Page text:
Alan Burbury enlisted in the 3rd Light Horse Regiment in August 1914, at the age of 20. He listed his occupation as farmer. His father, Arthur, who had grown up and farmed at Fonthill near Oatlands, was manager of Charlton at Ross at the time.
Alan served in the Gallipoli and Palestine campaigns. He was wounded at the Battle of Rafa in January 1917, the battle that recaptured the Sinai Peninsula.
He suffered a gunshot wound to the spine and was reported as dangerously ill. Alan was to spend the next two yer in hospital in London, paralysed from the waist down, suffering from haemothorax, sever abdominal pain, fevers and bed sores.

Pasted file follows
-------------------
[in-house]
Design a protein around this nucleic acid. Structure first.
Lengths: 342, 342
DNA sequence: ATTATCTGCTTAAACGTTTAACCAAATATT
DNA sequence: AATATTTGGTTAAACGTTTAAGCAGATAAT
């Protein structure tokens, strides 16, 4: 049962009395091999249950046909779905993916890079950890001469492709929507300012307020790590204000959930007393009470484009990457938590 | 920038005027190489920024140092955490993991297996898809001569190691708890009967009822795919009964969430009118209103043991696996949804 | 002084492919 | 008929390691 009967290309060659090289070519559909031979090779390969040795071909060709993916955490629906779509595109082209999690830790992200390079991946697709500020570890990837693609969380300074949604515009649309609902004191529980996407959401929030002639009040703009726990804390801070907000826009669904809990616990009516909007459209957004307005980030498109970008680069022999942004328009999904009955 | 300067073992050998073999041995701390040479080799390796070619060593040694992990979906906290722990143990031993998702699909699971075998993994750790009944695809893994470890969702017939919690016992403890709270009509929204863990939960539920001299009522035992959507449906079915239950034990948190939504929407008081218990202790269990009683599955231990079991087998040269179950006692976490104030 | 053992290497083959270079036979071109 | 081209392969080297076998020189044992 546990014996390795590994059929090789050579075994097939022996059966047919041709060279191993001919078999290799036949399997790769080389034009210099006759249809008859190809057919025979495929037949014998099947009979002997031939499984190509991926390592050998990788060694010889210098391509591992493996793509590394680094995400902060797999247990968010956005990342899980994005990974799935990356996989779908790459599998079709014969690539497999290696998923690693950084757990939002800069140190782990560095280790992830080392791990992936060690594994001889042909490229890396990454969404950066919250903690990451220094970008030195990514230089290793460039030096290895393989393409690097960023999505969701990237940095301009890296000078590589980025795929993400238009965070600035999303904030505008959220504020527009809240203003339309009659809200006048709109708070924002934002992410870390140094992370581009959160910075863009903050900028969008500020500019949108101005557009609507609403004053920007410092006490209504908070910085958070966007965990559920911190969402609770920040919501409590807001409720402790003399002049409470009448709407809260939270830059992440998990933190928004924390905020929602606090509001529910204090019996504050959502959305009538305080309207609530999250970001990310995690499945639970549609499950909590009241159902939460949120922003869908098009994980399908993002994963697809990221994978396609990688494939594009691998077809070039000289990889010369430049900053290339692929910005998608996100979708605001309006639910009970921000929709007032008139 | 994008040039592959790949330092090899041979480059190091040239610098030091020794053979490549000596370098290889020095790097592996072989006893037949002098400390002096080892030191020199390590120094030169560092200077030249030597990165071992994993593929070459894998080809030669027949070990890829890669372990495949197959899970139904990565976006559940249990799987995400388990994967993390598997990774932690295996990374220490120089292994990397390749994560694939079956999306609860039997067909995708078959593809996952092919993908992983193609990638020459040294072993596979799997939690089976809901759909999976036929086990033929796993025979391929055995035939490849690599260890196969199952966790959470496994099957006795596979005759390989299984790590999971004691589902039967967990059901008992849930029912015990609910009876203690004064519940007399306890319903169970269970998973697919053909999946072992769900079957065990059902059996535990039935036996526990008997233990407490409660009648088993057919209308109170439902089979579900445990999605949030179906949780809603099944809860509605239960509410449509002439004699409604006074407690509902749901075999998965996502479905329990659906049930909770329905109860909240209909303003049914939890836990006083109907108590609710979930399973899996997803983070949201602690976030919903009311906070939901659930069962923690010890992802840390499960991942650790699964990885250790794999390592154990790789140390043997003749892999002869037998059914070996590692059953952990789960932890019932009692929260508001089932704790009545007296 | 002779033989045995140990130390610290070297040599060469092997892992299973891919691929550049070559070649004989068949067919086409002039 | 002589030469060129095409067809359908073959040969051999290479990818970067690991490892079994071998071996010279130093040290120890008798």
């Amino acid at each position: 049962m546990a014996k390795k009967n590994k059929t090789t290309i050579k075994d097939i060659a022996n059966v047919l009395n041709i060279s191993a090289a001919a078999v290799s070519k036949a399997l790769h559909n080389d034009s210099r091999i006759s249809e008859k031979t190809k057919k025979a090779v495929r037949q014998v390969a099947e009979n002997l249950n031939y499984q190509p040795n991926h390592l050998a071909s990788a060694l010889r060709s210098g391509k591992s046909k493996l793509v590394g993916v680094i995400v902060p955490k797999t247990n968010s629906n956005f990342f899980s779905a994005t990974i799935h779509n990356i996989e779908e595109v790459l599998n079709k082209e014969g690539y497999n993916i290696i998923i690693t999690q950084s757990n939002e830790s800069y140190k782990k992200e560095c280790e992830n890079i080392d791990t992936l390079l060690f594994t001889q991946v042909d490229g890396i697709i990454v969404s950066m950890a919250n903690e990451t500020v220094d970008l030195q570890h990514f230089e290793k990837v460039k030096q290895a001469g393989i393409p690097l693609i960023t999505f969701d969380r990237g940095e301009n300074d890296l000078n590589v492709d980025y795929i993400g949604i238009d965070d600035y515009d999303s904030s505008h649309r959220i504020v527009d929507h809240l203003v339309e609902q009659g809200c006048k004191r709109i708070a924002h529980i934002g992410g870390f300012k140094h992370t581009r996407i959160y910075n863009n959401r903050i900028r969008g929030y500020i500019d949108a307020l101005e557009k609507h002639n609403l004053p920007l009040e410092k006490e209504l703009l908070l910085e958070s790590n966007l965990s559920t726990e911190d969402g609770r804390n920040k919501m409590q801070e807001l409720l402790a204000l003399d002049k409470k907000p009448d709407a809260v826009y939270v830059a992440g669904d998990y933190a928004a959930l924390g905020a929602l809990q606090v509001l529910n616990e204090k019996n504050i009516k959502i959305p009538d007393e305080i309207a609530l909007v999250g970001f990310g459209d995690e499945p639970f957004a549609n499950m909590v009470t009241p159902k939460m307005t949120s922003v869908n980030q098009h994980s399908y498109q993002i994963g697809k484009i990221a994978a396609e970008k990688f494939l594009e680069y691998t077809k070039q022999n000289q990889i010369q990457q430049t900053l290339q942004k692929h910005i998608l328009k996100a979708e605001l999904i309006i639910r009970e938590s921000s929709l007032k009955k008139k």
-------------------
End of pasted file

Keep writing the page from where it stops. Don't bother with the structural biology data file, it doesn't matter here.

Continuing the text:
He finally succumbed to his wounds, dying of sepsis of the spine in May 1919. He was accorded a full military funeral and buried at Greenwich cemetery. His cousin Muriel, who served as a nurse in the war, was able to attend.
Alan’s story is part of our exhibition: Our Grateful Thanks and Loving Remembrance, a moving and deeply personal exhibition remembering the soldiers whose names are immortalised on the Ross War Memorial.